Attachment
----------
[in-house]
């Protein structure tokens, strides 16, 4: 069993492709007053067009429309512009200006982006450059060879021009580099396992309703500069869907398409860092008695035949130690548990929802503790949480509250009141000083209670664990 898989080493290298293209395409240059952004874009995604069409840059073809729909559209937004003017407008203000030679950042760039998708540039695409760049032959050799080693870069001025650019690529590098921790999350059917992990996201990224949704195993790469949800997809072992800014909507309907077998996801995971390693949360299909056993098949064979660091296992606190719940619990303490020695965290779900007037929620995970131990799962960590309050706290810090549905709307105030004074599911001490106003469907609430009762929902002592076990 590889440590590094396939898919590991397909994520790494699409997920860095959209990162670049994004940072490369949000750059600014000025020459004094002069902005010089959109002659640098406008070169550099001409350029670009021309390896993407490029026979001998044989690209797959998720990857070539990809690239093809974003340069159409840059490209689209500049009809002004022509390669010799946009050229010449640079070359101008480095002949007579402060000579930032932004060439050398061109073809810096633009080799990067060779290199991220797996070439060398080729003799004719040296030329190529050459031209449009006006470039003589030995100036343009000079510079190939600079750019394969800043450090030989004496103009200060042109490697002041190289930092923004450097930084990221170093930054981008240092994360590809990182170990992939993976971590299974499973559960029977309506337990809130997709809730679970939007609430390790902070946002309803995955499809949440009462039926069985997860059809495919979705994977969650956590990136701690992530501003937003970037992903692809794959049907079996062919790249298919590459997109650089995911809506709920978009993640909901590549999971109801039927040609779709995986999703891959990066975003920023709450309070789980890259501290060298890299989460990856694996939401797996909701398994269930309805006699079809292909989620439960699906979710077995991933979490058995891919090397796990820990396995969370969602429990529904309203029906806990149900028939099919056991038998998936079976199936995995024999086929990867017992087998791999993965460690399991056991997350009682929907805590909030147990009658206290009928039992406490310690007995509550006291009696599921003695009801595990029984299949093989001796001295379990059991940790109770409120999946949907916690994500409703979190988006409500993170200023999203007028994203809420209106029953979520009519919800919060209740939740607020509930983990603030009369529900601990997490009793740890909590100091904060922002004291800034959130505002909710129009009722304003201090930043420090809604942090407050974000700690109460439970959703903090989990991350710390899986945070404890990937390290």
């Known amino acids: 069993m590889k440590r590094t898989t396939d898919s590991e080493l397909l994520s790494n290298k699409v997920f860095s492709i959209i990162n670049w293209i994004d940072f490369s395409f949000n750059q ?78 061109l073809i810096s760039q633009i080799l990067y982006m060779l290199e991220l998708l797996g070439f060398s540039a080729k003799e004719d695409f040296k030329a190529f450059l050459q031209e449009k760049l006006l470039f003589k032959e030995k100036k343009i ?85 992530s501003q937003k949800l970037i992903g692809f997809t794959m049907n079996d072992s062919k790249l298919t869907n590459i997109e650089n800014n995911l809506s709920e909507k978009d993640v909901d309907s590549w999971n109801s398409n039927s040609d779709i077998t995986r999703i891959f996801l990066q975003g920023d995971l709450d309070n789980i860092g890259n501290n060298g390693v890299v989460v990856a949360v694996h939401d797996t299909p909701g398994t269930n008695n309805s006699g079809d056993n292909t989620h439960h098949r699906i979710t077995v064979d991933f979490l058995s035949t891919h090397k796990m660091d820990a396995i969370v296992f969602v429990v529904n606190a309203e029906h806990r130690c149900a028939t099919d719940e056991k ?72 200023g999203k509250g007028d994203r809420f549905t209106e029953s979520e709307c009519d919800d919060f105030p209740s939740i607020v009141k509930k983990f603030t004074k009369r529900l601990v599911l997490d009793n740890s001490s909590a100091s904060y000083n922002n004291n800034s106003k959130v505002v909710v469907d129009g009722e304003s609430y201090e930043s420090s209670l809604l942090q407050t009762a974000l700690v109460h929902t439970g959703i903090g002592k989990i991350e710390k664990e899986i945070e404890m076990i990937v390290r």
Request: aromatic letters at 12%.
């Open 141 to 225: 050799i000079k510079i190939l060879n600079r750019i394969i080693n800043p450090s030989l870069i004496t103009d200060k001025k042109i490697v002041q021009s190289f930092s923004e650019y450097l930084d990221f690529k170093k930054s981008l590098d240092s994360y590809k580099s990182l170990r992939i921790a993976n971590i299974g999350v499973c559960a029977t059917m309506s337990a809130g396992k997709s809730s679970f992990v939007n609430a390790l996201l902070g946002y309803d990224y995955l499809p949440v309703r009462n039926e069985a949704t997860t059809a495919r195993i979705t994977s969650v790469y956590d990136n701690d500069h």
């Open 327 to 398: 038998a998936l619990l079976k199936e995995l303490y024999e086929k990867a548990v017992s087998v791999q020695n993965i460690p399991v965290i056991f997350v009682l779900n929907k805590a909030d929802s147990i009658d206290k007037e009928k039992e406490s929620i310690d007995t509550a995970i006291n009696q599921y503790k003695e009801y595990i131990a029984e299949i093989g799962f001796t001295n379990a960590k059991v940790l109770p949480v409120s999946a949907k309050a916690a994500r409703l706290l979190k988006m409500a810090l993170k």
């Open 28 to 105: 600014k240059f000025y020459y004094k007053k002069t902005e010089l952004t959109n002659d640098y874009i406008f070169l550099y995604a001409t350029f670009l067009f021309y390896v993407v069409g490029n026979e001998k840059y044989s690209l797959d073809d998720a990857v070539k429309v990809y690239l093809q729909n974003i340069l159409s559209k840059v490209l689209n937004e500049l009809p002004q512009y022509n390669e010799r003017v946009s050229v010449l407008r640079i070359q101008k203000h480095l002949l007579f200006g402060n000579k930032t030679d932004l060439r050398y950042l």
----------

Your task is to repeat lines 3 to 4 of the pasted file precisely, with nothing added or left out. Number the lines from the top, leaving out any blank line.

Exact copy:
């Known amino acids: 069993m590889k440590r590094t898989t396939d898919s590991e080493l397909l994520s790494n290298k699409v997920f860095s492709i959209i990162n670049w293209i994004d940072f490369s395409f949000n750059q ?78 061109l073809i810096s760039q633009i080799l990067y982006m060779l290199e991220l998708l797996g070439f060398s540039a080729k003799e004719d695409f040296k030329a190529f450059l050459q031209e449009k760049l006006l470039f003589k032959e030995k100036k343009i ?85 992530s501003q937003k949800l970037i992903g692809f997809t794959m049907n079996d072992s062919k790249l298919t869907n590459i997109e650089n800014n995911l809506s709920e909507k978009d993640v909901d309907s590549w999971n109801s398409n039927s040609d779709i077998t995986r999703i891959f996801l990066q975003g920023d995971l709450d309070n789980i860092g890259n501290n060298g390693v890299v989460v990856a949360v694996h939401d797996t299909p909701g398994t269930n008695n309805s006699g079809d056993n292909t989620h439960h098949r699906i979710t077995v064979d991933f979490l058995s035949t891919h090397k796990m660091d820990a396995i969370v296992f969602v429990v529904n606190a309203e029906h806990r130690c149900a028939t099919d719940e056991k ?72 200023g999203k509250g007028d994203r809420f549905t209106e029953s979520e709307c009519d919800d919060f105030p209740s939740i607020v009141k509930k983990f603030t004074k009369r529900l601990v599911l997490d009793n740890s001490s909590a100091s904060y000083n922002n004291n800034s106003k959130v505002v909710v469907d129009g009722e304003s609430y201090e930043s420090s209670l809604l942090q407050t009762a974000l700690v109460h929902t439970g959703i903090g002592k989990i991350e710390k664990e899986i945070e404890m076990i990937v390290r």
Request: aromatic letters at 12%.